But we are no longer living in an era where the mainstream media is the only player that can expose intimate matters. Anything regarding a politician’s private life can now find itself onto the web or social media, and there is no way of filtering or blocking that.

Should that happen, the media will have a role in trying to verify whether the materials are real or fake, and who could have leaked them.

As far as they would affect a political candidate’s prospects, it is unlikely that Israeli voters would punish any politician just for, say, having an affair. But being careless enough for visual details to fall into hostile hands is another matter altogether.

Should Gantz be blamed for having his phone hacked?

For a man of Gantz’s security experience to have his personal phone compromised is an embarrassment, but he is hardly the first senior political figure to have fallen prey to hackers. U.S. Gen. John Kelly (a former head of the Department of Homeland Security) had his phone hacked in 2017 while he was White House chief of staff.

In Gantz’s defense, unlike Kelly he was a private citizen when the hacking took place and had not been in any official position for four years (since his term as IDF chief of staff ended early in 2015).

It is extremely unlikely there was any sensitive material — from a security aspect, at least — on his phone, and it can be assumed he would have been aware enough not to discuss such matters on a private phone.

For over a decade now, senior defense officials in Israel have been issued with “operational” phones with a high level of security, and then used regular phones for their own private matters. These are kept out of operationally sensitive areas while they go about their jobs.

The main issue for Gantz now is that the timing of the news, in the crucial last weeks of the campaign before Election Day on April 9, will help opponents who have been trying to build up an image of Gantz as laid-back and not entirely serious or competent.

He didn’t get to the IDF’s top job through incompetence, but the image is still a damaging one.

Where is Netanyahu in all of this?

In its statement Friday, Kahol Lavan blamed “people close to the prime minister” for briefing journalists on the rumors. Gantz said in the press conference he is “in a fight for Israel’s democracy” and “is facing people with very low ethics.” Kahol Lavan co-leader Yair Lapid tweeted that “Bibi’s use of sensitive security material to try to smear Benny Gantz proves he is scared of him.”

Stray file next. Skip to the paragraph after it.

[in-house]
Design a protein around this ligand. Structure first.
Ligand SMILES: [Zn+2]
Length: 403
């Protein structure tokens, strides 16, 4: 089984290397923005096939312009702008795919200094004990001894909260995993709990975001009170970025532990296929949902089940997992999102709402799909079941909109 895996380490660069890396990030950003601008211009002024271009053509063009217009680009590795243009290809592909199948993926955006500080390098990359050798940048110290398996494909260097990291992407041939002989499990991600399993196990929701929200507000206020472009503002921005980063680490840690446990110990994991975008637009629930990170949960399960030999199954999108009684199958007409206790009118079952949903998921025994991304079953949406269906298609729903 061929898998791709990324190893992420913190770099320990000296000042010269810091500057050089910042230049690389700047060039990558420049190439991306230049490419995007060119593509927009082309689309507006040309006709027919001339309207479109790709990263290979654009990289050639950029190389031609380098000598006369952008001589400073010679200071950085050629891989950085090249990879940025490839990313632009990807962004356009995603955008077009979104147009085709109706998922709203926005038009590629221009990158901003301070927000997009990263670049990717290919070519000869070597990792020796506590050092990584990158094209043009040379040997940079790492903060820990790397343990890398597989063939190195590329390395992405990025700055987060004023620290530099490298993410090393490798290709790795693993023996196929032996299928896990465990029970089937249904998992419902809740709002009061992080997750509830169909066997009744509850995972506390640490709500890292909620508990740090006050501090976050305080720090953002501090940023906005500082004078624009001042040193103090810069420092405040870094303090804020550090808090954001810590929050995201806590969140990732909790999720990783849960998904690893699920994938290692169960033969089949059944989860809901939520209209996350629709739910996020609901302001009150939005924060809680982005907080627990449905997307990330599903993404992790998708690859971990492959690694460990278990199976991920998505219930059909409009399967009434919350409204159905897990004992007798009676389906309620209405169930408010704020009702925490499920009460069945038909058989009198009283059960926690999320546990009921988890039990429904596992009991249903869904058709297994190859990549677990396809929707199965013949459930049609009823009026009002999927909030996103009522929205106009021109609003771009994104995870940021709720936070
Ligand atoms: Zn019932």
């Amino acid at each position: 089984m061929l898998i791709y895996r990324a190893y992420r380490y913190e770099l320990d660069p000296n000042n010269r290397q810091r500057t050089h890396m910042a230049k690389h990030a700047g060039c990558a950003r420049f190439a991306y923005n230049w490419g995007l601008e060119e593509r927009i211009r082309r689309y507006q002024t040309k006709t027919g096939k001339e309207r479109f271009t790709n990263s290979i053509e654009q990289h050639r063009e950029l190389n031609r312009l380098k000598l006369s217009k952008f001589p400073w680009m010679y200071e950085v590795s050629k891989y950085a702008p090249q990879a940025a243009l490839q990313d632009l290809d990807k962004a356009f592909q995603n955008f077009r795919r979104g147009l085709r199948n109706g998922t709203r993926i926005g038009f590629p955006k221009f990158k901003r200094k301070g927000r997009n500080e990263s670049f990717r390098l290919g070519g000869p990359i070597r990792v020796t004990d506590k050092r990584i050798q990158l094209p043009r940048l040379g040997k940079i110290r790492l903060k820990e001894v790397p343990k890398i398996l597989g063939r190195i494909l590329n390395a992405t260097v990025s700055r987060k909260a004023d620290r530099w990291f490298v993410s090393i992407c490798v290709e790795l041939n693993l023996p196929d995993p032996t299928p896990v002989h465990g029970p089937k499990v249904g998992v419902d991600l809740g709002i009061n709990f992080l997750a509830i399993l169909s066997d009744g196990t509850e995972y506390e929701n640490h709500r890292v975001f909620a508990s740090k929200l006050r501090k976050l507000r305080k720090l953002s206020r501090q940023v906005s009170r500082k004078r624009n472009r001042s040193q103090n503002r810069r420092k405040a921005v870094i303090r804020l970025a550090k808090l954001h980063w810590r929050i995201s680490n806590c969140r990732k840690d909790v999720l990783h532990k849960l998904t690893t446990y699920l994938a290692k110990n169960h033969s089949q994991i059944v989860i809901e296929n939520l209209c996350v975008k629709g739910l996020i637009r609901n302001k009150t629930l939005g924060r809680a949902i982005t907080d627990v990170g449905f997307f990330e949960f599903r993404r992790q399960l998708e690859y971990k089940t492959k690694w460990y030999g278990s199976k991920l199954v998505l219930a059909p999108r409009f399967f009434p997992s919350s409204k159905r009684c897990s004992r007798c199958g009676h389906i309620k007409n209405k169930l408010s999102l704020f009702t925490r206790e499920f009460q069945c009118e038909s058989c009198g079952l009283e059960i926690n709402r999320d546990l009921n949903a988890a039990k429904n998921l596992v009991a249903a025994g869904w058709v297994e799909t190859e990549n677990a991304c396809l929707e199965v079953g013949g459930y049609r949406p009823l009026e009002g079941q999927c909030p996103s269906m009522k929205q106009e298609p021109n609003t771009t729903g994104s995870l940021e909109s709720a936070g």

But is there any proof of active involvement by Netanyahu and his people?

In private conversations, Netanyahu’s proxies in the media and his cronies are naturally delighted about the developments. But that’s to be expected and doesn’t mean Netanyahu orchestrated either the leak or the rumors. His office said in a statement that Shin Bet chief Nadav Argaman had not informed Netanyahu that Gantz’s phone had been hacked. That is interesting, since the Shin Bet answers directly to the prime minister.

Also, assuming the statement is factual, it didn’t say Netanyahu was not aware of the details from another source. Mossad head Yossi Cohen also answers to the prime minster, was Netanyahu’s previous national security adviser and is very close to him. The National Cyber Directorate is a unit in the Prime Minister’s Office. It’s hard to believe Netanyahu wasn’t informed, yet that still doesn’t mean he was the source of the leak.

On the other hand, whoever the source of the leak and stirred up the rumors was, Netanyahu is the main beneficiary.

Does this scandal have legs?

If nothing new comes out over the weekend, the hacking story may well die down quickly. With 25 days to go until the election, there will be plenty of other fodder for the media.

But the main concern now is not Sunday’s headlines. Whether or not there was something compromising on Gantz’s phone that is now in the hands of whoever, the stage has been set for an online information dump on the eve of the election.

After the attempts to hack the U.S. and French presidential elections, and the Brexit referendum, it is only natural for a similar development to take place in Israel.

Even if the information turns out to be false and not from Gantz’s phone, it will hang over his head. Any rumor will spread like wildfire, online and through closed WhatsApp groups. They may be easy to disprove, but will cause damage first and serve as a constant distraction and embarrassment to the Gantz camp when they are up against the master campaigner, Netanyahu.